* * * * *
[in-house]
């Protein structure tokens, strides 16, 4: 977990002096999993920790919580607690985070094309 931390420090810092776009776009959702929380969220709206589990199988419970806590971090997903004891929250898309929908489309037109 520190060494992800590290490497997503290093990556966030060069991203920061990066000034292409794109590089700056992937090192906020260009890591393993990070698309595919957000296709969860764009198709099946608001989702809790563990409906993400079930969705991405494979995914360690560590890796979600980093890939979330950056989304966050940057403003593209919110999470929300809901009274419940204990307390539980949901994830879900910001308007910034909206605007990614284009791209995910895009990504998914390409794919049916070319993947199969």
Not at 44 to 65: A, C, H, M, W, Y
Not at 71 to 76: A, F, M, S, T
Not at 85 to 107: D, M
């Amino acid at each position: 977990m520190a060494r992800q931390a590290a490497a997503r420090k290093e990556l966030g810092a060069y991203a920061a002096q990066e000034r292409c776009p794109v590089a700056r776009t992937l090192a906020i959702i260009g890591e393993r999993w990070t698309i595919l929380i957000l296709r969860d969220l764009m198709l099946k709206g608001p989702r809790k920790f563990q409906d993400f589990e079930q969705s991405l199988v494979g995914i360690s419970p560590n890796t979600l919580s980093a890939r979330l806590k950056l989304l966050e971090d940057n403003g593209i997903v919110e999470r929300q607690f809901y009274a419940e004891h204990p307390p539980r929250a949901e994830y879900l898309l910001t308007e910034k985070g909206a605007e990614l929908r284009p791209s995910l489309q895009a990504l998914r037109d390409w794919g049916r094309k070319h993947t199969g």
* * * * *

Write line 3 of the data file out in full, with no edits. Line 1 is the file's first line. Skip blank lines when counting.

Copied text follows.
Not at 44 to 65: A, C, H, M, W, Y